Nitrile Disposable Gloves – Low Cost for California
California is one of the many states in the US that is facing challenges with the resurgence of COVID-19, specifically as it relates to the availability of Nitrile Disposable Gloves. To help reduce the spread of the virus, Personal Protection Equipment (PPE) is key to prevent the additional toll on human life and healthcare systems, especially in states that are seeing surges in cases among young people. Low cost US inventory of PPE in American warehouses is an advantage for volume buyers who seek to use the PPE or resell it. This is particularly the case for Nitrile Disposable Gloves.
Louisiana based PPE Source International has the experience and the ability to help end users, distributors, and resellers with Nitrile Glove inventory and volume orders at under $12 per box of 100 Nitrile Disposable Gloves, as well as Isolation Gown inventory, IR forehead thermometers, KN95 Medical Masks, and other PPE, including, civilian KN95 masks, and gel hand sanitizer in a range of sizes.
To order contact: Sales@PPESourceInternational.com
For more PPE, click here: Personal Protection Equipment and also click here for ultraviolet disinfection technology that includes options for duct integration in HVAC systems, portable UVC disinfection devices, and in room devices.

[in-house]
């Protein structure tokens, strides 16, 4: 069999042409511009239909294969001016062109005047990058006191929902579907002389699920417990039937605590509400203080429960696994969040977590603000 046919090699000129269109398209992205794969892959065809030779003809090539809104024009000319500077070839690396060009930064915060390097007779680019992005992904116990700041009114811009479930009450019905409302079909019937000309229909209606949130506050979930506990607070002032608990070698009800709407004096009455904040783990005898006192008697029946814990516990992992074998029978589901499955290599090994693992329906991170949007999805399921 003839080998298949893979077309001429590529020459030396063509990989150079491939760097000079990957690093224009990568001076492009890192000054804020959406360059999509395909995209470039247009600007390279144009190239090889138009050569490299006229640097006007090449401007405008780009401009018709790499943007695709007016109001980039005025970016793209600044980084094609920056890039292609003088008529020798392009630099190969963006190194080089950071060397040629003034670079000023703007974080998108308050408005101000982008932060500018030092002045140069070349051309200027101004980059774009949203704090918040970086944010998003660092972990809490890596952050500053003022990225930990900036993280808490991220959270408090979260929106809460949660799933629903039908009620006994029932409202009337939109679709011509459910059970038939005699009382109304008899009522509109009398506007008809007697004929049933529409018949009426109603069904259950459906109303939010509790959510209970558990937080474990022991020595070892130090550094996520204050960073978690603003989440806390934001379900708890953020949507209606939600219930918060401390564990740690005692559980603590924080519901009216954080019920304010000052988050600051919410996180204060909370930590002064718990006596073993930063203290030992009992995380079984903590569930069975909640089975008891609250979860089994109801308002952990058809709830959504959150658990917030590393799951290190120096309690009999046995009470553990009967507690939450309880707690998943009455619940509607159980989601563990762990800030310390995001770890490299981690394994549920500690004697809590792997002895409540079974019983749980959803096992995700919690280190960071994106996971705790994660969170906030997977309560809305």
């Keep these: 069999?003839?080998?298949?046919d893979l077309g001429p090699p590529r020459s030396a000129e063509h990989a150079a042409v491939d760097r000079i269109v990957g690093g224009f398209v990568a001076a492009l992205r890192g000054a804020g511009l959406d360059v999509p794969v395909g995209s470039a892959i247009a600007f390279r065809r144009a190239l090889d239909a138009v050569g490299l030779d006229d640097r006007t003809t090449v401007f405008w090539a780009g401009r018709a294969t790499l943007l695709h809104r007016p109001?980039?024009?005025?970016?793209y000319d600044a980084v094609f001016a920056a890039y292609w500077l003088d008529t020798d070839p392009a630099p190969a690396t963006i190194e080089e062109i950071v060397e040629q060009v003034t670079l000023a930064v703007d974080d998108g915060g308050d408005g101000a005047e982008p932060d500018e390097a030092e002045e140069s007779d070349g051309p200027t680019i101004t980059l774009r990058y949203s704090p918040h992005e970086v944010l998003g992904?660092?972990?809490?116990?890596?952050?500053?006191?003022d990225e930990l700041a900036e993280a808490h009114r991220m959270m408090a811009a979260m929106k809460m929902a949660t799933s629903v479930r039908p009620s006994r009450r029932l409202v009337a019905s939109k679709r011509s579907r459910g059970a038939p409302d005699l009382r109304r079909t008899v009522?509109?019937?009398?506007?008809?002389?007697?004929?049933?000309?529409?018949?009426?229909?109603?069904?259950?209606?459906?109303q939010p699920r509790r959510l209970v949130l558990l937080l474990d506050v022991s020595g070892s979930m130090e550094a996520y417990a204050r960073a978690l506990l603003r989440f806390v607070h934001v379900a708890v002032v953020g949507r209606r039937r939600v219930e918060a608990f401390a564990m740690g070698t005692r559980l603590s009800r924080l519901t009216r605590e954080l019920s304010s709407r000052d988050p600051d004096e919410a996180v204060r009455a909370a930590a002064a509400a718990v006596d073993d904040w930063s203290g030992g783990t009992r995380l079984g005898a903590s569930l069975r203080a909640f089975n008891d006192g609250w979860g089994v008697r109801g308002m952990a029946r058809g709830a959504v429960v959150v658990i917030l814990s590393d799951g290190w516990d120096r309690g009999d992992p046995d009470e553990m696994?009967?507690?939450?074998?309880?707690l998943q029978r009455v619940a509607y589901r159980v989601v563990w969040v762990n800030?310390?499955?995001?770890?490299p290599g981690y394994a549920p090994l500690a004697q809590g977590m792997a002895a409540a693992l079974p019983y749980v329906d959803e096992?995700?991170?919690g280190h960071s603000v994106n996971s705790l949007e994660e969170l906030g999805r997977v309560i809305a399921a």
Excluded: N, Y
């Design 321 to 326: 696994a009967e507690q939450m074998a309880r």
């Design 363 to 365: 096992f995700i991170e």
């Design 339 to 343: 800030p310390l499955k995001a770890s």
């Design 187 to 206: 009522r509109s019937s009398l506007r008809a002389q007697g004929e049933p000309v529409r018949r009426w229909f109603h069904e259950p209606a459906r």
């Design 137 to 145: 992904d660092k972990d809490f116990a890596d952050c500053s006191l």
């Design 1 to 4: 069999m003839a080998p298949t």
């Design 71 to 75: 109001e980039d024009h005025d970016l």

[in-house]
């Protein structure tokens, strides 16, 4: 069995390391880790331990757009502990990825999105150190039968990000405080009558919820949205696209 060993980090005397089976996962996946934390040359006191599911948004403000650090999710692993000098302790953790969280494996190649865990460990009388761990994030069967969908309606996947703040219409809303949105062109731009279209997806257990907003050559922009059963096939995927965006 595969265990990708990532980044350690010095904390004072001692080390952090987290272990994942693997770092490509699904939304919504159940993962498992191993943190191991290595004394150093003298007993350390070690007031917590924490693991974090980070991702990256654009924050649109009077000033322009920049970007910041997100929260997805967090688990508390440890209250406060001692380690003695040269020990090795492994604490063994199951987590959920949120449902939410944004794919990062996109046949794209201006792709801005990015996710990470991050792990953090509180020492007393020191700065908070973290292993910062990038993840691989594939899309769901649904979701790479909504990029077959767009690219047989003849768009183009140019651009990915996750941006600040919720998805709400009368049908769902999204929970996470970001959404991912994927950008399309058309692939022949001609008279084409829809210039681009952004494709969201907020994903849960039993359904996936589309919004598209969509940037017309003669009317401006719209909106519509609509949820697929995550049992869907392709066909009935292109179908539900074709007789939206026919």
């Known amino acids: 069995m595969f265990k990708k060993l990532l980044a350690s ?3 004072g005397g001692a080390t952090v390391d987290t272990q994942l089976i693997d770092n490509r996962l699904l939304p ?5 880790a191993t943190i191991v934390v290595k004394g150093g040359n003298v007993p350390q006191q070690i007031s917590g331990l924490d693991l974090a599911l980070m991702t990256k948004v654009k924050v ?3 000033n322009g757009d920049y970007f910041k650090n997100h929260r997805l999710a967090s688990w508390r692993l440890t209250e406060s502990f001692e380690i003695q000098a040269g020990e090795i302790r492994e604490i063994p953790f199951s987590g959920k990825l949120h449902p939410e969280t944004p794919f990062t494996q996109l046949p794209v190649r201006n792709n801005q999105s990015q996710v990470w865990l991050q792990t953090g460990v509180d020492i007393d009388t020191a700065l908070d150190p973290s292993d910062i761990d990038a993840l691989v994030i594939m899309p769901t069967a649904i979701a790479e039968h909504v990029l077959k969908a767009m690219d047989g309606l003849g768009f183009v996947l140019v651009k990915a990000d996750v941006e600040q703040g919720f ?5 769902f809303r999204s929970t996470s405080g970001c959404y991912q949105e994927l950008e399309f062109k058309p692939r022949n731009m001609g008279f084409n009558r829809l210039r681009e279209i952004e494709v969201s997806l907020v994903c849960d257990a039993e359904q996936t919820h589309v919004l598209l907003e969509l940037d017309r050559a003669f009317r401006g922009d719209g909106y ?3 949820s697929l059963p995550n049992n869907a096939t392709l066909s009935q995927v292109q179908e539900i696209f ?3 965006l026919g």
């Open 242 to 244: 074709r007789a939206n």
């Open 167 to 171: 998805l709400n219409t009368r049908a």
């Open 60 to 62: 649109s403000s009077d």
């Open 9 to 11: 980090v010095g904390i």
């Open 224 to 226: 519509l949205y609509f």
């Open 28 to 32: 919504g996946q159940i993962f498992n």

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California went from bending the curve to a major coronavirus surge. What happened?
For the past 15 weeks, sleep is about the only time when Catherine Davis isn't thinking about Covid-19.
Even then, she says she is sometimes awakened with thoughts of "How long are we going to sustain this? How long are we going to be faced with this every day?"
Davis is the nursing director at Eisenhower Health in Rancho Mirage, California, a desert town in Riverside County about 100 miles from Los Angeles. She and her colleagues are nearing exhaustion as a surge of coronavirus cases has nearly overwhelmed the staff there.
"Up until this (coronavirus outbreak), on my unit we would for the most part possibly lose one patient a year," she said. "We have had 40 deaths on our unit. However, we've treated over 700 patients."
With a death count far beyond anything anyone in her unit has ever seen in such a short time, she said the staff are emotionally and physically spent.